The process of writing has always been a bit sacred and private for me and being able to go through that process on my own feels really important. I wasn’t getting the energy I needed from working on other people’s projects anymore and I felt like I was giving quite a lot. I was definitely scared of not having anyone else to hide behind though, but I feel way more connected to music again now, I didn’t want it to feel like a chore.
How important is collaboration to your creative growth?
Collaborating has always been a part of how I create and I love the mutual trust and respect that is born through making music together. It is really beautiful when it works and I have learnt and gained so much from the people I have worked with over the years. It is a really strong bond that you build between you, it feels very intimate and I think this is why often the same collaborators work together for years. The best sessions I have been in kind of feel like therapy! You have to be willing to go there and the rewards when you do are really amazing.
How do you feel that your sound has evolved since your earlier solo release ‘Wolves’?
I think that taking the step to produce myself has been the greatest factor in that evolution. It was significant for me to find my own sound away from the influence of other people’s ideas about my sound. On ‘Wolves’ there were a few different producers and tying these identities together was part of the process of making it but I think that created more of a separation between the song and the production if that makes sense, whereas now I don’t feel that separation.
"Really interesting production is as much about what you don’t know as what you do. Using your limitations rather than being discouraged by them."
When did you first get into producing and how does it aid you as a writer and performer?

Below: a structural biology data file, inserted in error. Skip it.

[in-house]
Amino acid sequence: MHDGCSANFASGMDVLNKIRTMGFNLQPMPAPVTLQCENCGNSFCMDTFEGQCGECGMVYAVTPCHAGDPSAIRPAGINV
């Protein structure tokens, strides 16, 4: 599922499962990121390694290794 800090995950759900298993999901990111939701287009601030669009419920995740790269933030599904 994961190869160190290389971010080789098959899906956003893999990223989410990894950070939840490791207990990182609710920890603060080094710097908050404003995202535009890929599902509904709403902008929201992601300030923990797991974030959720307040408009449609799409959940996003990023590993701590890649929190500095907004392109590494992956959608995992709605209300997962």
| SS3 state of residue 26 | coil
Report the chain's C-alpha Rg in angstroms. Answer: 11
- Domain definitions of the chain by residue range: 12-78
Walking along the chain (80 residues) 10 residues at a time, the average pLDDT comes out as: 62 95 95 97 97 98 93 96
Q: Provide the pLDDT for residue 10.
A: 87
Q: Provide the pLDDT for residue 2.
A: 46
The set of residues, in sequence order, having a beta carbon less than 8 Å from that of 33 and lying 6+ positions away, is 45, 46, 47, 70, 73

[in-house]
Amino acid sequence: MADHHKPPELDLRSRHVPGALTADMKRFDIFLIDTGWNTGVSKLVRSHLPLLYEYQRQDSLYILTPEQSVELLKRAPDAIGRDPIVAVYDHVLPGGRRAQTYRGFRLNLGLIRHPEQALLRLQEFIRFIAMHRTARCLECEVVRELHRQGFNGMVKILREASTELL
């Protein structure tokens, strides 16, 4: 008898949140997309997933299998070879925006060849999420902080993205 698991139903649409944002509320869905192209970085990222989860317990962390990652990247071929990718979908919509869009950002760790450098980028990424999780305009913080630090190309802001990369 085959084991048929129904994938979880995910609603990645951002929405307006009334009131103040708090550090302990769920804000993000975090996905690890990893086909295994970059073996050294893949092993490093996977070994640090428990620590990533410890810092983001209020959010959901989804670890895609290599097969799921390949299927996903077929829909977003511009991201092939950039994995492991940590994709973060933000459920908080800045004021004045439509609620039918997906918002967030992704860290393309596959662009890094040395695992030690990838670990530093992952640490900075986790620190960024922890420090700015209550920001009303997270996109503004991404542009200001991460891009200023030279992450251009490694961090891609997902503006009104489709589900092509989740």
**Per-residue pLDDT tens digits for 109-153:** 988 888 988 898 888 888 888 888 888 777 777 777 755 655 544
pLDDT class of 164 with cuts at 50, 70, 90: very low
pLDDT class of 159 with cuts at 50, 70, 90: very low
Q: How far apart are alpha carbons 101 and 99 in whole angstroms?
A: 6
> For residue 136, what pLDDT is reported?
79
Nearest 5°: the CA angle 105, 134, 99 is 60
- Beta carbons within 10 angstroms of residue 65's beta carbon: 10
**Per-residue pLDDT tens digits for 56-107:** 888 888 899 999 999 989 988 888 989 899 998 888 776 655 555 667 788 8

Really just in the last couple of years! I never thought I would play it to anyone and it was a while before I shared the tracks (which ended up being YKWMHW) with the producers I was working with at the time. For me, the writing process makes so much more sense now, it has really opened things up a lot for me. Although I play piano and a bit of guitar and can sit in a room and write a song like that, I am way more inspired by rhythm and the feeling certain sounds give me, and will usually start with a really scrappy beat and go from there. The other stuff is quite secondary to me to be honest and I use my voice as the main melodic instrument and kind of fit everything else around those elements.
How important is having a knowledge of instrumentation to your production?
I actually don’t think it’s that important. Really interesting production is as much about what you don’t know as what you do. Using your limitations rather than being discouraged by them. That said, it’s helpful that I can play keys, but I think you can get a bit stuck in the technical side of things sometimes and not being afraid of trying things differently is good.
If you had to give three tips to producers starting out, what would they be?
Be brave, trust your intuition, don’t judge your work as you are making it...oh, and back everything up!
Which artists first inspired you to get into music and who is inspiring you today?
When I was growing up and getting into music Whitney Houston, Joni Mitchell, Carole King, Stevie Wonder, D’Angelo, Cody Chestnutt, Erykah Badu, Floetry...were some of my first loves. More recently, I would say Arthur Russell has had the biggest impact on my music but soooo many more too.
If you guys had to recommend five artists to your listeners, who would they be?
What’s coming up for the rest of 2021?
I am hoping to get some more music out by the end of the year and maybe even do some live shows!